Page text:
- VC: Well, I think it all goes back to ... remember I was telling you the mentality of agents that wanted to book you? They can't accept that you can be multi-faceted.
- AG: They want to pigeonhole you.
- VC: Yes, they want to just say, "Well, we want to do this. And we want to do that. And we want just the English stuff." That's not who I am. I've even recorded in Italian. And I even recorded in Japanese, you know. And wouldn't you applaud somebody for their diversity? That they can now attract not only the Anglo, but the Hispanic audience? And, of course, now corporate America is really jumping on board because they're realizing the importance of the Hispanic buying power.
- AG: Oh yeah. The demographics.
- VC: Yeah, everybody wants it. And I was trying to tell a company in 1970 and '71, I said, "You know, you don't understand how important this is going to be."
- AG: You foresaw something that they didn't.
- VC: Right.
- AG: And now you can tell them "I told you so."
- VC: Naw, what for? As long as it's happening. It's like having a friend of mine, Linda Rondstadt, that did her album in Spanish, "Canciones de Mi Padre," and because she was with a bigger record company, she had much more success than I did. But for those die-in-the-wool Carr fans, they want to say, "Well, you were the first one. How come you're not being acknowledged? How come everybody says this?" I said, "What difference does it make?" You know, Linda was able to attract - God bless her - her fans to this music.
- AG: Right.
- VC: And I had my fans. Why does everybody have to compete? Why can't we all be happy for everybody else's success? But I guess not ...
- AG: There's more than enough to go around.
- VC: Right, exactly, exactly.
- AG: Well, one of my questions ... I'm always interested in firsts, like the first time you knew you were gonna be a singer, your very first recording. I know your first all-Spanish album came out in 1970 or '71.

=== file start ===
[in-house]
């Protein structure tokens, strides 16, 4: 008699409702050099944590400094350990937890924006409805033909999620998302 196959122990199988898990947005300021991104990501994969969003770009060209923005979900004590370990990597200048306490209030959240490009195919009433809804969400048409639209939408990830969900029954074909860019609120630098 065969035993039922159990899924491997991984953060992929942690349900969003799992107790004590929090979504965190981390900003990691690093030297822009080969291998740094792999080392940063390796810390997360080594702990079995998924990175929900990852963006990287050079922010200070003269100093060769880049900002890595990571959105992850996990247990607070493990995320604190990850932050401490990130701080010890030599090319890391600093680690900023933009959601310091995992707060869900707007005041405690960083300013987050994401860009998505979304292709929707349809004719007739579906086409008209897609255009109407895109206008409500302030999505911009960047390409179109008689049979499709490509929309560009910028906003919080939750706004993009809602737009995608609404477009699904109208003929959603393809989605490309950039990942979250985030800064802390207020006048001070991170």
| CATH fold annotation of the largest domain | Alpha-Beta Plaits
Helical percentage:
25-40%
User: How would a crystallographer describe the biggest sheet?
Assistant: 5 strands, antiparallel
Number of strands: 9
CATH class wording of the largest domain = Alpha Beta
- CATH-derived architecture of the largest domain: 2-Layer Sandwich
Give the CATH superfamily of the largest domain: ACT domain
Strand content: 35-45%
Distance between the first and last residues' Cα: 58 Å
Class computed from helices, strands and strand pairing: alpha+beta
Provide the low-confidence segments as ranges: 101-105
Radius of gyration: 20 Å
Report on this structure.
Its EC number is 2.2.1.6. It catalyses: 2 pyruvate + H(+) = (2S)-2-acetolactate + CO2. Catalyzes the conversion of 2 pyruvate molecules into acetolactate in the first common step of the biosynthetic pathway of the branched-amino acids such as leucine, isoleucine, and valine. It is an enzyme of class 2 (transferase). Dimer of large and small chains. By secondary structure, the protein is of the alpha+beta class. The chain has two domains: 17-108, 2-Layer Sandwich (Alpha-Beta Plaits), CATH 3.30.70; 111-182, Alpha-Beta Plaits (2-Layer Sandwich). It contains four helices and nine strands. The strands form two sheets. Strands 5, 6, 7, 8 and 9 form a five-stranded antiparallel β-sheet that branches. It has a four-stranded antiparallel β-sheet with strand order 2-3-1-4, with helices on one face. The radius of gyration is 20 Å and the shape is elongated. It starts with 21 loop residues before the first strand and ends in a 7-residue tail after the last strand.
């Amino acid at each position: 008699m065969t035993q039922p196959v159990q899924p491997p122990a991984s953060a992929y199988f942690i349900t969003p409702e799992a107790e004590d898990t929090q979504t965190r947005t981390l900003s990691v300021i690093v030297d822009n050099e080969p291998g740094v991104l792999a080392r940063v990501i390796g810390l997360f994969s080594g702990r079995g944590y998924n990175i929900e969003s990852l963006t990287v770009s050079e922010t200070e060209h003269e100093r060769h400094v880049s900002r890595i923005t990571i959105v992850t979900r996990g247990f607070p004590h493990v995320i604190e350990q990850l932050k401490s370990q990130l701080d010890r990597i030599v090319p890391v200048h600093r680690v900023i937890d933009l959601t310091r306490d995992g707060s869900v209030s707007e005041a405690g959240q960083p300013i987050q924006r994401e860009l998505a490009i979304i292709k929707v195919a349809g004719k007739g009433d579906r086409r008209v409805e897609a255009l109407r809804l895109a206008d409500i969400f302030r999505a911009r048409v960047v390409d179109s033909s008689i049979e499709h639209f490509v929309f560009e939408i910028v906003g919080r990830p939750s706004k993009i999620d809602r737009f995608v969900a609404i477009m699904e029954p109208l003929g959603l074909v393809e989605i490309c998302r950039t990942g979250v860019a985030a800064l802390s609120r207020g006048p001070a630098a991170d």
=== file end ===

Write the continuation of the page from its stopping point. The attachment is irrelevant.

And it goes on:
- VC: Right.
- AG: Did you have some singles before then that were recorded in Spanish, 'cause I seem to remember something?
- VC: No, not really. I think I had Spanish songs in my shows. Actually, a very dear friend who I love very much, from doing "Quando Caliente El Sol," which I believe was maybe my very first album I recorded, I did it on so many TV shows. In the '60s and early '70s I was doing as much variety television as performers that really had the major hits because disc jockeys, at that time, didn't have to ... they're the ones that chose the hits.
- AG: Yes.
- VC: They're the ones that listened to the material and they would tell the company in essence, "Look, this is the song that I think my listeners are gonna love."
- AG: Right. They sure had a lot of influence in those days.
- VC: Yeah. And now, everything, ladies and gentlemen, is pre-recorded. There is one company that makes all these pre-recorded blocks and they just sell them to every radio station. The idea of disc jockeys having the great talent that they should have - and some of them do - to be able to select the songs is great. It is no more. And then, of course, on the other side of the coin is they also could sabotage a song that the majority of disc jockeys in the country said was good. One disc jockey would start playing something else out of the same album and then all of a sudden you're getting not enough of the play throughout the entire country of the song that should be the hit. And then what happened is your whole album sold, instead of just the single.